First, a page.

It's true that you don't tend to hear all that much biblical based shenanigans on the new act stand up circuit, (with the exception of the brilliant Matt Parker who does a bit on the same obscure bible reference as I do, by compete coincidence. I have a sneaking suspicion his is funnier than mine too) although I've never thought this was because there wasn't call for it. I thought it's because it's hard to write in an accessible and funny way without causing offense. or at least too much offense. After all there is a long tradition in UK comedy of poking fun of the seemingly serious and self important, of deflating the sacred with profanities (see what I did there?) and thumbing our noses at the pompous. The Bible, with its weight of tradition, dry language and association with a reactionary outlook is a prime target, a representation of the old fashioned and the dull. It's very tempting to take these very familiar shapes and phrases and spin them into jokes, and some of the very best comics have done just this. Observe Stewart Lee here as Jesus:

Lee is an absolute master at this type of material. His intelligence and knack for pointing out the absurdities in the everyday mean he has been drawn back to the Bible throughout his career. A classic routine in his Stand Up Comedian takes apart attitudes to blasphemy in a hugely skilled way, but even back in 1995 he and Richard Herring were using basic biblical principles for really very silly laughs.

Even so, Stewart Lee (famously only the 41st Best Stand Up) hardly rates as a household name. Maybe the advice I'm being given is more to do with being as acceptable as possible, rather than the more alienating affect of 'alternative' comics? Mind...Eddie Izzard is very famous, isn't he?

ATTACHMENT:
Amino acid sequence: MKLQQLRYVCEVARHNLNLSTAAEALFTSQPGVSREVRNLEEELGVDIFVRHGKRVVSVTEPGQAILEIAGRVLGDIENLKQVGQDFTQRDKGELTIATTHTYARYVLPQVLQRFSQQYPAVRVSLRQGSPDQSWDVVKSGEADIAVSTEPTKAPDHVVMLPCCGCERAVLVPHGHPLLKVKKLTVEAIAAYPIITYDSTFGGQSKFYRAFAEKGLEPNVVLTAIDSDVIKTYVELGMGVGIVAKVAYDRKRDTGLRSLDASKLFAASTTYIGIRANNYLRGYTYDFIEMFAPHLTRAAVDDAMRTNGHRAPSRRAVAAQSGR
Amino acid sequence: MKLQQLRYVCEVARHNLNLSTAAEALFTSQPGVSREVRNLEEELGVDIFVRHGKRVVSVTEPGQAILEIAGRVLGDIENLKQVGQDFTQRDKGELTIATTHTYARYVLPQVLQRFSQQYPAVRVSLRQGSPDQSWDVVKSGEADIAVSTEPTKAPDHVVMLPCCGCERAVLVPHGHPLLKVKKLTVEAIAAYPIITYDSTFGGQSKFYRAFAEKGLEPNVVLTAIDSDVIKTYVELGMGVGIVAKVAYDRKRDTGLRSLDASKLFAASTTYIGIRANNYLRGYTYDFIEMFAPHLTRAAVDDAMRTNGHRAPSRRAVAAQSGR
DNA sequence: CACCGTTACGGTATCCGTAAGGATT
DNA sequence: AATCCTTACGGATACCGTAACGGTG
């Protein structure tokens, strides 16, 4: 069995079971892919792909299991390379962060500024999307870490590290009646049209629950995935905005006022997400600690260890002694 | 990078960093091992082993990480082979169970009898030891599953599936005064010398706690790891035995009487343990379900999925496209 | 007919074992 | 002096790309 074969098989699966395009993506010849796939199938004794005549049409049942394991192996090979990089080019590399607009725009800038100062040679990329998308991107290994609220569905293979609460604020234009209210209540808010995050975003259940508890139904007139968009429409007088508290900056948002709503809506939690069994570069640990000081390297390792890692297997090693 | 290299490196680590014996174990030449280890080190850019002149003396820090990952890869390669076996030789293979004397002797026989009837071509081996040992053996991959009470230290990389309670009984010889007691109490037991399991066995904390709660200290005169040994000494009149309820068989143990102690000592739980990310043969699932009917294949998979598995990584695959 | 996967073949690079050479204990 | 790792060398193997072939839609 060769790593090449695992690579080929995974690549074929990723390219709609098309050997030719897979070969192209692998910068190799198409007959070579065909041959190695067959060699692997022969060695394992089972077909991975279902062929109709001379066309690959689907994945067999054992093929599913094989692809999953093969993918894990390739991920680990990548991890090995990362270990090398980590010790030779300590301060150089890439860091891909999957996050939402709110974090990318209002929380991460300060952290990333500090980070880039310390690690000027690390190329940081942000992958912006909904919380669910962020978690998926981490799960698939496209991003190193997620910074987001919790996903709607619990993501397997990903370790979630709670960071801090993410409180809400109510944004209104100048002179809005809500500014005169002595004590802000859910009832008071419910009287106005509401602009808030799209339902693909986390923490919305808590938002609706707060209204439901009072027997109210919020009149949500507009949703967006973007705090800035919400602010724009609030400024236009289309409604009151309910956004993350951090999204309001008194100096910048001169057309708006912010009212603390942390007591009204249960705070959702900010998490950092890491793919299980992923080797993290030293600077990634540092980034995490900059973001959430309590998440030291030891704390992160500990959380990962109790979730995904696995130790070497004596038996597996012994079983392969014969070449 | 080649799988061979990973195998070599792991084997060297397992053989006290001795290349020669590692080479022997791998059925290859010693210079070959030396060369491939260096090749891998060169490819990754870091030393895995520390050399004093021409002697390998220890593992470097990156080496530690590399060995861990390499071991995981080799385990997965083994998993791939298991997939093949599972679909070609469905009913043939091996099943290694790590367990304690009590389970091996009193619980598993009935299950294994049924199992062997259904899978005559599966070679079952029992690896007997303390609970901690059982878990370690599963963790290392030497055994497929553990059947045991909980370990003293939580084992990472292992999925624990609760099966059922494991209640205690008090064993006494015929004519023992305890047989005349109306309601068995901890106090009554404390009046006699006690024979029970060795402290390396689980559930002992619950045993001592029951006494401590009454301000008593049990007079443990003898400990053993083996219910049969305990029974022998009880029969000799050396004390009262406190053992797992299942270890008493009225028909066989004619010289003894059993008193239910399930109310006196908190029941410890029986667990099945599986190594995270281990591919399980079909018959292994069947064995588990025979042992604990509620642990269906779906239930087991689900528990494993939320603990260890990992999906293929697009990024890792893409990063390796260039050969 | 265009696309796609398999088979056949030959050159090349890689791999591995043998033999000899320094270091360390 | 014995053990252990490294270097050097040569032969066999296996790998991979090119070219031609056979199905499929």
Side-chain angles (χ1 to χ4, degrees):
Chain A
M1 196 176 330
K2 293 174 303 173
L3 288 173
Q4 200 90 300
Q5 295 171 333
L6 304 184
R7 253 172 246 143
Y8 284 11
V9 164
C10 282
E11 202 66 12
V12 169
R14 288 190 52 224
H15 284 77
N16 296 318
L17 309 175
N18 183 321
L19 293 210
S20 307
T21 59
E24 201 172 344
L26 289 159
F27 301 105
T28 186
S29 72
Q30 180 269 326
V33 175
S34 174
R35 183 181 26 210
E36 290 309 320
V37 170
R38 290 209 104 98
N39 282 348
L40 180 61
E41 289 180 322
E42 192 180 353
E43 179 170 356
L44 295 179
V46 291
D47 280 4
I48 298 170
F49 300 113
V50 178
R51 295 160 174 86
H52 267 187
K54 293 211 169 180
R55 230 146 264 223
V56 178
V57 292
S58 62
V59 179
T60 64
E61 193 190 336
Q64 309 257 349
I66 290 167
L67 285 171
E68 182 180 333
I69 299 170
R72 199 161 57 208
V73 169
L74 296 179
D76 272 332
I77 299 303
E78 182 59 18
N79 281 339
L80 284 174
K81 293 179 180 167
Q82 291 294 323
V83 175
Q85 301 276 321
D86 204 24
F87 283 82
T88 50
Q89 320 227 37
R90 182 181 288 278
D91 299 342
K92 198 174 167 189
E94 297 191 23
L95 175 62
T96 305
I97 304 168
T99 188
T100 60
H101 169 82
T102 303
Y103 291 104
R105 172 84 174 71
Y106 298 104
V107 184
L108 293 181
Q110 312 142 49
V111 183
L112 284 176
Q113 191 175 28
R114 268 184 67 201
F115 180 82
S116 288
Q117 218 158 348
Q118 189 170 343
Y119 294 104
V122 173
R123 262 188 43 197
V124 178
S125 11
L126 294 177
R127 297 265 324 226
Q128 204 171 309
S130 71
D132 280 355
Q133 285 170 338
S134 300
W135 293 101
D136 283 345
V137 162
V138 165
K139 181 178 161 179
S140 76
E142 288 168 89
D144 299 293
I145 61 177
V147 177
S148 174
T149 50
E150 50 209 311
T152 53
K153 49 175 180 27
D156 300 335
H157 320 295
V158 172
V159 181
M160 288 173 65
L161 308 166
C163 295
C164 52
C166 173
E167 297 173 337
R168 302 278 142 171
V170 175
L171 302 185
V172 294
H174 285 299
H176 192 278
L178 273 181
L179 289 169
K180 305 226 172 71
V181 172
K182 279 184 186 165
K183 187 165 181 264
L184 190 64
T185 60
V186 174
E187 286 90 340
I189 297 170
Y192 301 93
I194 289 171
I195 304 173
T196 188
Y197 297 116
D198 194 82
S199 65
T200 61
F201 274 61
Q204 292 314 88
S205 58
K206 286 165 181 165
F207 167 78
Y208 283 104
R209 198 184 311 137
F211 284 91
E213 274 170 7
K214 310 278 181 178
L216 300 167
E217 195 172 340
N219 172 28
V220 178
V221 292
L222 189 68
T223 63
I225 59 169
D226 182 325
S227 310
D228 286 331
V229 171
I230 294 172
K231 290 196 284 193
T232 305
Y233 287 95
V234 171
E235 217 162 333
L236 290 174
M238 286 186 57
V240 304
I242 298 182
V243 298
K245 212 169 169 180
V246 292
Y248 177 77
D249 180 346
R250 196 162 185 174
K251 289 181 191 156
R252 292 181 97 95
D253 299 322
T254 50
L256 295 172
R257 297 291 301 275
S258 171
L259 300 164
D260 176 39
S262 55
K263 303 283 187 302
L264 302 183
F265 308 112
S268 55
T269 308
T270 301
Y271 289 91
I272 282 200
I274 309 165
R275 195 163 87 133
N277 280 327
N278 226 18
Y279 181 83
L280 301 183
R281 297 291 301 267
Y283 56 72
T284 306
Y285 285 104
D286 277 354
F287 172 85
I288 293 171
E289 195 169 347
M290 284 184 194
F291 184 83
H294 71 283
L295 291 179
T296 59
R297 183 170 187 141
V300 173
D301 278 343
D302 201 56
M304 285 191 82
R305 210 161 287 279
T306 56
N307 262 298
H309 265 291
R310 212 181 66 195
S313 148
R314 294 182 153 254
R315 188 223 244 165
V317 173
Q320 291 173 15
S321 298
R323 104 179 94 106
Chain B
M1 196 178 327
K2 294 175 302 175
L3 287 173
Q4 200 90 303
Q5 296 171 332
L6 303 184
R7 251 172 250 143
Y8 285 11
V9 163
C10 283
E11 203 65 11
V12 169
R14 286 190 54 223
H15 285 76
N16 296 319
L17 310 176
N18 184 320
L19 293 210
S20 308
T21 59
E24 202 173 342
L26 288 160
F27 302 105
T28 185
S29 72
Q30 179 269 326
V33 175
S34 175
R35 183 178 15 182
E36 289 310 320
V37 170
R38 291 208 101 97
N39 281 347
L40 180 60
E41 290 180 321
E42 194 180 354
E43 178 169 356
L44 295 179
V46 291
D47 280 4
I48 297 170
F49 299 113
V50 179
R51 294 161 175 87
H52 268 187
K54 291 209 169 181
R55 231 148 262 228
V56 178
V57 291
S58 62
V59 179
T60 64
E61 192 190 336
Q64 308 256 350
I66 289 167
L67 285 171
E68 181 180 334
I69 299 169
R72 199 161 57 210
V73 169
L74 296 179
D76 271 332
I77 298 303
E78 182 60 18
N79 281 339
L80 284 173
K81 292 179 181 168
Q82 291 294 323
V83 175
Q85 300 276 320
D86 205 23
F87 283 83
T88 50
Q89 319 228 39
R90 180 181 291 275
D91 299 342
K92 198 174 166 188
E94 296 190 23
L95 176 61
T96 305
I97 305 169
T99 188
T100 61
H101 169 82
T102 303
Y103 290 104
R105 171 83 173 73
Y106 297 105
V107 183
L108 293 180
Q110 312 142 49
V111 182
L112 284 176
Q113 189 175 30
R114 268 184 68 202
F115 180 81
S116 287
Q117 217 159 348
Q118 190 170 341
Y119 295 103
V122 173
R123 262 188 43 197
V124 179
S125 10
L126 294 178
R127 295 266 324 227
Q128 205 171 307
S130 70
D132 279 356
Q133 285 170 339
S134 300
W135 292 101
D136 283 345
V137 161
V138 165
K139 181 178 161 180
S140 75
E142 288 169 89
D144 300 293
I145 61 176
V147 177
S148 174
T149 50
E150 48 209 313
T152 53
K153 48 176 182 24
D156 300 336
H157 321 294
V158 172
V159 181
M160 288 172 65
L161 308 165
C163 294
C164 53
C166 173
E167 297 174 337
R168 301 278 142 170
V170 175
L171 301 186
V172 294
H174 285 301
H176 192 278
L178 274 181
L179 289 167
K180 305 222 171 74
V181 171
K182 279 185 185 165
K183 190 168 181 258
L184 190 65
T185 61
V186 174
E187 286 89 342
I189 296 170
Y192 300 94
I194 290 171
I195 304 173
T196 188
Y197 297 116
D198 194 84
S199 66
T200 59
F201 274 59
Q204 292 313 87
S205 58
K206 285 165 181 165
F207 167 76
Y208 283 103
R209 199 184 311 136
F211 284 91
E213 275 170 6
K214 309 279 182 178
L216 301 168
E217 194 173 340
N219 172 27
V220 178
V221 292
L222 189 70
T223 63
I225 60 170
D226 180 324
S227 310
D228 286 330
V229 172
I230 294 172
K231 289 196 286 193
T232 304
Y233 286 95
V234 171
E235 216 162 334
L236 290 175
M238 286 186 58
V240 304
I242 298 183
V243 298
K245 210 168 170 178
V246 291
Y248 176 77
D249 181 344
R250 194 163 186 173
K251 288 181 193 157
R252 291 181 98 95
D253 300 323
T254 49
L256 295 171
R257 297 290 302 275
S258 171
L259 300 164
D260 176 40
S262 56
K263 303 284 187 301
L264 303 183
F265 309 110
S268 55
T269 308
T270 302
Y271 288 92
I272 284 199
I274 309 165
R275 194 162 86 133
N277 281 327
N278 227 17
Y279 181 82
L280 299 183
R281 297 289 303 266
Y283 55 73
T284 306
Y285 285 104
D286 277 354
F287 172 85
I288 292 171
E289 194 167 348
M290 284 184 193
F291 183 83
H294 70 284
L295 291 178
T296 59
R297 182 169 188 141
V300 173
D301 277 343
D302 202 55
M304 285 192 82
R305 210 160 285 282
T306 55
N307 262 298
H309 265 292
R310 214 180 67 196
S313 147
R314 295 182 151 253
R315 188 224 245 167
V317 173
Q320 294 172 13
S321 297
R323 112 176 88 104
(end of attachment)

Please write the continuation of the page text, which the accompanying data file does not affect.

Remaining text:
Throughout his career Izzard has been doing exactly what I've been doing, finding bits of the Bible that don't quite sit right and poking the absurdities at your face until you can't miss them. He's covered everything from St Paul's letters to the corinthians to The Pope. His most recent show, Stripped, takes potshots at God all the way through, notably Creationsim.

I can keep going:

Dylan Moran...

Ross Noble...

Rowan Atkinson...

Andrew O'Neil...
The moment The Pope Learns the Truth about God: by Andrew O'Neil

Glenn Wool...

And I could go on.

I suppose the argument could be that most of these comics aren't actually using the words of scripture as I was, more using the basic bible-ness of the Bible as a spring board to their own flights of fancy. But it's okay, because here's Richard Herring doing the entire first page of the new testement...

I won't continue to hurl videos your way dear reader, although I have had a whale of a time researching this. I hope I've made my point though, because from Stewart Lee to the Life of Brian, religion, the Bible, God, Jesus and the Holy Wotnot have provided an obvious backdrop from which to launch a comedic offensive.

And okay, I'll concede that you won't often get 10 minute disections of the Bibles oddest moments at your local working mans club, or Jongleurs, but then I'm not sure that's the kind of comic I want to be. I was really pleased with the little routine I wrote, and if the general public find it alienating, boring or out dated, then at the very least I feel like I'm in in good company